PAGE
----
Emancipatory design dispenses with the role of the expert designer and elevates the role of the users, so that in effect they are the designers. This methodology charges the users with full responsibility over all facets of the design process, from initiation, through analysis, design, review, to approval. Instead of having a system imposed on them, the users have truly designed it for themselves, according to their own, independent design decisions.
Emancipatory design is founded on issues of conflict and harmony in the disciplines of social economics and industrial relations. Carr-Chellman & Savoy (2004) recognise that the goal of emancipatory design is “more to create change and vest the users and frontline workers in organisational outcomes than it is actually to create a working instructional system”. Hence, emancipatory design may not be a universal instructional design methodology.
User design fits between the extremes of the user empowerment continuum. Whereas traditional design and user-centered design remove the user from the active design process, and conversely, emancipatory design removes the expert designer from the process, user design merges the roles into the shared role of “co-designer”. It strikes a balance between the two perspectives by including contributions from both parties.
Arguably, user design is a universal instructional design methodology. Whereas traditional design and user-centered design devalue the role of the users in the active design process, emancipatory design devalues the role of the expert designer.
User design, however, values both roles. It recognises the necessity of the active involvement of users, because they are the experts in their domain and will be the ones operating the system. However, users can not be expected to understand the science of design. The active involvement of an expert designer is critical in guiding the design process and driving the work towards an efficient and effective outcome.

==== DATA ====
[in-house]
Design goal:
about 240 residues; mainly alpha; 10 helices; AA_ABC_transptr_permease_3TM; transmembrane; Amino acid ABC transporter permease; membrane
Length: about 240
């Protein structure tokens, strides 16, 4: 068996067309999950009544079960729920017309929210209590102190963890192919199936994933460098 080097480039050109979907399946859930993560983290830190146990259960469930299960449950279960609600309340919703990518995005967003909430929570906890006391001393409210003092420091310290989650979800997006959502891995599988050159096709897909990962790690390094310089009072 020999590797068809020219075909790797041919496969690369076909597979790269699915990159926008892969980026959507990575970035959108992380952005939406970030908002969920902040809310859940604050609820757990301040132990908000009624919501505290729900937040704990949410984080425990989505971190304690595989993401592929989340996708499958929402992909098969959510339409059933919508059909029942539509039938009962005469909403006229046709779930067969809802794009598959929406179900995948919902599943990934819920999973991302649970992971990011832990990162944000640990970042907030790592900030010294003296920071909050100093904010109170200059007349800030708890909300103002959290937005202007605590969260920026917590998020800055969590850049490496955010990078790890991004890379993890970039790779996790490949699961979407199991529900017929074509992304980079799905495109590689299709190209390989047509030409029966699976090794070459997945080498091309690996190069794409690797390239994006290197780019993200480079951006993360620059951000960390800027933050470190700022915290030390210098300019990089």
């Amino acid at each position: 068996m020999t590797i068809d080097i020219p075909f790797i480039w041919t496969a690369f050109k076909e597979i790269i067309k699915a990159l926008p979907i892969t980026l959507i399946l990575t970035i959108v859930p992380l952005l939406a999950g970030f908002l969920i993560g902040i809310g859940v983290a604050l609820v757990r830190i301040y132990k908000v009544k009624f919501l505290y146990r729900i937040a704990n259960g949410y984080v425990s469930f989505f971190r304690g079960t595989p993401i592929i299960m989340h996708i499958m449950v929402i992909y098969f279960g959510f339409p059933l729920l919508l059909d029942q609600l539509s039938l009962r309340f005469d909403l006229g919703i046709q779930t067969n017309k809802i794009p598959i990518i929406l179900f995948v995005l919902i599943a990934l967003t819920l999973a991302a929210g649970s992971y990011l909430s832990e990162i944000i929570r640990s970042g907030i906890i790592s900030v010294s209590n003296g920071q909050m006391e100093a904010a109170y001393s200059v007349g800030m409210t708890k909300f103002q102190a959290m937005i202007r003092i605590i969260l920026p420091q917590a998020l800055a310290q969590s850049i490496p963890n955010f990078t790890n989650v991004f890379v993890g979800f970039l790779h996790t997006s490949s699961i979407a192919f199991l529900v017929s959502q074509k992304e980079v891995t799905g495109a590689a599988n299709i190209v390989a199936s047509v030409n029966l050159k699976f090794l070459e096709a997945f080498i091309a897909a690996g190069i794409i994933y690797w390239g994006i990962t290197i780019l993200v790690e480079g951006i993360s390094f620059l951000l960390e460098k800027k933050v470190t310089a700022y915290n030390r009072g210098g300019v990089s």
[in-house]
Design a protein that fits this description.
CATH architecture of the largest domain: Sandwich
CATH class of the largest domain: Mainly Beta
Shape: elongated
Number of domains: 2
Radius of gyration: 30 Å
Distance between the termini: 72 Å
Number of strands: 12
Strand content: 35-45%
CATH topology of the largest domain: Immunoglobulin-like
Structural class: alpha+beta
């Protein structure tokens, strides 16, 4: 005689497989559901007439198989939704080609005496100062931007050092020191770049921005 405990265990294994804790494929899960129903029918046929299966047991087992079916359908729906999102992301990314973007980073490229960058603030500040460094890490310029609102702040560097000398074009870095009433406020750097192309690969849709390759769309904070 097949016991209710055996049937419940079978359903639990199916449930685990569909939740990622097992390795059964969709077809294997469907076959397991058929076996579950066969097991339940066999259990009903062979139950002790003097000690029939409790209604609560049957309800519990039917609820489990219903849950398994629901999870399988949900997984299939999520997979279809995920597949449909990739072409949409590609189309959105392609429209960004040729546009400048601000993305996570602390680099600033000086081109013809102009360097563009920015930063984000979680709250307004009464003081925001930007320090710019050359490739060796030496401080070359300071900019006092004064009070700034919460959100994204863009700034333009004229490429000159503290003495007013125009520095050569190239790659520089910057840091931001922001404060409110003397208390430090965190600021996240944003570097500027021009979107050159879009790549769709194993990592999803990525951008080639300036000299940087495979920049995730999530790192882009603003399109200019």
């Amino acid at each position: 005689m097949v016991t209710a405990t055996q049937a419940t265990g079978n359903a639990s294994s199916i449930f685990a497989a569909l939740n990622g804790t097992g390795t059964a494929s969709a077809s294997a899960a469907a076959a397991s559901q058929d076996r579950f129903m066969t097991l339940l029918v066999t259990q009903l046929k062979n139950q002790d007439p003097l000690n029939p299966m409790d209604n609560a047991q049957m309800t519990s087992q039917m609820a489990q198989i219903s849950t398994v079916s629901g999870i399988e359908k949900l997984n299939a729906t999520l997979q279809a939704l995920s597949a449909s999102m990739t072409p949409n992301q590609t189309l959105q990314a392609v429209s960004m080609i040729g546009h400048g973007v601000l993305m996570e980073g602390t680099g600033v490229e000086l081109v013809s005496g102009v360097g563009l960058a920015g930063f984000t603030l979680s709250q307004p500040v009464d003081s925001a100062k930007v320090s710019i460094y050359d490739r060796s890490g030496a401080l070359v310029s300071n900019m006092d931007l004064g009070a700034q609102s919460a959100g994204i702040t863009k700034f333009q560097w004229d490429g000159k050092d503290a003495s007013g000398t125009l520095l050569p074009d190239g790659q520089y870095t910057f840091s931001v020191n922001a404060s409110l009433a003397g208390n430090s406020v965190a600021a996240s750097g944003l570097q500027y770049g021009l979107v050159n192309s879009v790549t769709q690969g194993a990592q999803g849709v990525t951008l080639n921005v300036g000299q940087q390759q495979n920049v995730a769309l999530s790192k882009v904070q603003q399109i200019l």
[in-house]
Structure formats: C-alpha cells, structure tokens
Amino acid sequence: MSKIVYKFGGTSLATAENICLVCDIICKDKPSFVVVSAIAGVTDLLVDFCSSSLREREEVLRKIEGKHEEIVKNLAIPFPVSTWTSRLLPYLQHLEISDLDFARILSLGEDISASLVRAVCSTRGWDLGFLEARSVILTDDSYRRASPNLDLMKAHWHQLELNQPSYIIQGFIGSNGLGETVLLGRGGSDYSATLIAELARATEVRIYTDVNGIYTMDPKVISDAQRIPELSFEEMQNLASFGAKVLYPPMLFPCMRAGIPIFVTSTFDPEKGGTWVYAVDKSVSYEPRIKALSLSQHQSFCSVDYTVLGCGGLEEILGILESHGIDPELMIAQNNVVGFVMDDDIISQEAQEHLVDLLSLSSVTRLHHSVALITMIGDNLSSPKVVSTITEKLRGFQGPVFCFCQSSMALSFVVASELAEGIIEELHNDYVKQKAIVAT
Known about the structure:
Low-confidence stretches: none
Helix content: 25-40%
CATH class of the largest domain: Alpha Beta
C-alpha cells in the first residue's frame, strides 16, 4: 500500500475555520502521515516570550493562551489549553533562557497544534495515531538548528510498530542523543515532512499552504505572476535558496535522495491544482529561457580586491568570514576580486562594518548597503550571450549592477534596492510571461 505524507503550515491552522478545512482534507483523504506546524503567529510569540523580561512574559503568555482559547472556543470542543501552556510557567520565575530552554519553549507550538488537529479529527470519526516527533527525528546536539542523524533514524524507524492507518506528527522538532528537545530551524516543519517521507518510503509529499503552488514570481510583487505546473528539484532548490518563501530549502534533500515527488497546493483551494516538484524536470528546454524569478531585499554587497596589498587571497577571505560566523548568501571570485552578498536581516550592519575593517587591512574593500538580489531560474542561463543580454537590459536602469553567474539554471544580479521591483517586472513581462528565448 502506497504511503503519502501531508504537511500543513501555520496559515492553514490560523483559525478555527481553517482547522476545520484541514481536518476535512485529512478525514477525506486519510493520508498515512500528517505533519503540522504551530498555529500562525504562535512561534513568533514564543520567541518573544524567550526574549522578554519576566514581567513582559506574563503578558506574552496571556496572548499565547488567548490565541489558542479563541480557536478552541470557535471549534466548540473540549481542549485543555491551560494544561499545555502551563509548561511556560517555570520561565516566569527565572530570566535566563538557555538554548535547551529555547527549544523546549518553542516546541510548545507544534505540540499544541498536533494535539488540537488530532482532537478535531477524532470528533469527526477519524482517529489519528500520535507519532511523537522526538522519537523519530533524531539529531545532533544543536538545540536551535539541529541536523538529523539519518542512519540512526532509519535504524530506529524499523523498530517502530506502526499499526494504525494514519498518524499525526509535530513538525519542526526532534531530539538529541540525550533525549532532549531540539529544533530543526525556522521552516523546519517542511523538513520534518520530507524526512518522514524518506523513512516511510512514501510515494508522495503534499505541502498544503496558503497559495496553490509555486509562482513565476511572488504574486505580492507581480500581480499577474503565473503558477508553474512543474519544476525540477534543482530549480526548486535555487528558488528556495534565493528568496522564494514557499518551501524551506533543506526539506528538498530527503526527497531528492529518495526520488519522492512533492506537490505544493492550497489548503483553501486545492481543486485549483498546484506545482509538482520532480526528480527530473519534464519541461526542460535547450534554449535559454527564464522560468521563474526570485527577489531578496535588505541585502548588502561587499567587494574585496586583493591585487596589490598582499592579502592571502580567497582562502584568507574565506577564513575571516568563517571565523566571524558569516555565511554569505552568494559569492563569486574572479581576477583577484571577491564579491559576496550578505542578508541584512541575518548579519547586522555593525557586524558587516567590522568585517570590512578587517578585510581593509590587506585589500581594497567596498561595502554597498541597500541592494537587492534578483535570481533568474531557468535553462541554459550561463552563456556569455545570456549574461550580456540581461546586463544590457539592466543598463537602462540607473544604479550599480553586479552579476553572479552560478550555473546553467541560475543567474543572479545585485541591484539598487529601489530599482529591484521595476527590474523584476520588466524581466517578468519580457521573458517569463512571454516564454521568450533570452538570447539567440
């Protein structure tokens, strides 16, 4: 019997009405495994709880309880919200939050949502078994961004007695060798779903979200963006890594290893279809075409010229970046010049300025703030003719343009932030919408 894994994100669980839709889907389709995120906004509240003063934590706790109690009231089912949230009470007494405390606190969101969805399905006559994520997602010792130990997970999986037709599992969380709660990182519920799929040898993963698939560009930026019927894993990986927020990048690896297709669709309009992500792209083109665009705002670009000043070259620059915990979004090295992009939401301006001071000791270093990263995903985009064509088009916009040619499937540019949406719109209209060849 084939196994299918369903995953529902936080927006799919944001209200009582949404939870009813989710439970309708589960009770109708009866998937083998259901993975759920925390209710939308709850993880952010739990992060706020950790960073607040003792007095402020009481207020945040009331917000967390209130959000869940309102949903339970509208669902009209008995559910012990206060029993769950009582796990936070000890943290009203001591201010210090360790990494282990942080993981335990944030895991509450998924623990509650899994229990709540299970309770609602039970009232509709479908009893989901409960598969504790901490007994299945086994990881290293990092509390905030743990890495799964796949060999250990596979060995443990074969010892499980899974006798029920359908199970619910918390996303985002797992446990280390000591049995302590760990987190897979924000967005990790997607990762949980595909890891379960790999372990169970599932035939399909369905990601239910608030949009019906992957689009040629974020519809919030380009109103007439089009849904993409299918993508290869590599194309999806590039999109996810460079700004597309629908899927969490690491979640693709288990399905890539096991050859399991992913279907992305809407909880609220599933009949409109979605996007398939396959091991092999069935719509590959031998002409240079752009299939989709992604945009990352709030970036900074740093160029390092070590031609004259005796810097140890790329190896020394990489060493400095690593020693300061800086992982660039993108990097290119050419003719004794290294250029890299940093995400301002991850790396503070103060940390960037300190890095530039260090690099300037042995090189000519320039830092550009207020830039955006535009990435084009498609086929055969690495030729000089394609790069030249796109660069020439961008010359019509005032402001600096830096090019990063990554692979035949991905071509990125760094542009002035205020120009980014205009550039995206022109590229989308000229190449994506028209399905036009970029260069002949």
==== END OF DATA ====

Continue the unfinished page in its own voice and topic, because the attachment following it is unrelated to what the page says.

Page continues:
Carr-Chellman & Savoy (2004) identify numerous obstacles to the successful implementation of user design, including the reluctance of designers and leaders to share their decision-making powers with users, the inclusion of users too late in the design process, the tendency to categorise users into a homogenous group, and the lack of user motivation to participate in design activities.
Carr-Chellman & Savoy (2004) claim that research specific to user design within instruction systems is scarce, and much of the research into other user-oriented design methodologies lacks scientific rigour. Therefore, they recommend the following actions for the research community:
To create a standardised language to define user design and to distinguish it from other user-oriented design methodologies,
To study the implementation of user design across different variables, such as user profile, subject area and mode of delivery, and
To communicate the success of user design in terms of “traditional measures of effectiveness” for the purpose of influencing policymakers.
Furthermore, Carr-Chellman & Savoy (2004) recommend that researchers adopt the participatory action research (PAR) method of inquiry. They argue that PAR democratises the research process and, consequently, is ideologically aligned with the principles of user design.
It can be argued, therefore, that Carr-Chellman & Savoy (2004) promote both user design and user research. Their vision for users is not only to assume the role of “co-designer”, but also of “co-researcher”.
Carr-Chellman, A. & Savoy, M. (2004). User-design research, in Handbook of Research on Educational Communication and Technology, 2nd ed, D. H. Jonassen (Ed), pp. 701-716, New Jersey, USA: Lawrence Erlbaum.